Georgia’s story of redemption
When I took office in January 2011, Georgia was in the midst of a criminal justice system crisis. The state’s prison population and incarceration budget had doubled in the previous two decades and taxpayers were spending $1 billion per year to keep tens of thousands of inmates behind bars. The recidivism rate hovered at 30 percent for adults and 65 percent for juveniles, indicating that efforts to rehabilitate offenders were not working as they should have been.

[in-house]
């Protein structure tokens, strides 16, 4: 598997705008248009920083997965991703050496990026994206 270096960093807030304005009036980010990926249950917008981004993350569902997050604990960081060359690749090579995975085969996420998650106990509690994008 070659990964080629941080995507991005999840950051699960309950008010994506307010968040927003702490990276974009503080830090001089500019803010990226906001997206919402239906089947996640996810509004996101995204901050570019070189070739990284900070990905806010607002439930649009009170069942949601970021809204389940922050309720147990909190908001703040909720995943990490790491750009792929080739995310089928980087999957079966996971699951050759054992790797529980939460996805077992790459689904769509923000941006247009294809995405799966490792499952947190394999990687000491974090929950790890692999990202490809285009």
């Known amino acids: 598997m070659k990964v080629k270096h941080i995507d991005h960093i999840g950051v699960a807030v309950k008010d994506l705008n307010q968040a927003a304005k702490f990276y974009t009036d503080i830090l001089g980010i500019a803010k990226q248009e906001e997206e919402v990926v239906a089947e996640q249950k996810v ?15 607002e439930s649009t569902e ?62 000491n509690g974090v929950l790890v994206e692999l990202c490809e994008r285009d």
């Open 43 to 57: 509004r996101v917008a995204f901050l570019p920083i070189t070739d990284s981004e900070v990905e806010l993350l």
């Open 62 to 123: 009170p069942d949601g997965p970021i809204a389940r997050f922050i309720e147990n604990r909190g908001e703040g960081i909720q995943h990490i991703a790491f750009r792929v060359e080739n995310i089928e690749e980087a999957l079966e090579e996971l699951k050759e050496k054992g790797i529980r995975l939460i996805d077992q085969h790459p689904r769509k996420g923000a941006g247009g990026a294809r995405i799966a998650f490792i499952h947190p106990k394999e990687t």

To address this crisis, I established a task force to examine reform initiatives that eventually led to the creation of accountability courts, improvements to the juvenile justice system and expanded efforts to facilitate a smoother re-entry process for returning citizens. The Georgia General Assembly used these recommendations to enact two rounds of reforms in 2012 and 2013 that have made Georgia’s criminal justice system smarter, fairer, more effective and less costly, while in no way sacrificing public safety. These reforms were approved with overwhelming bipartisan consensus in the Georgia General Assembly.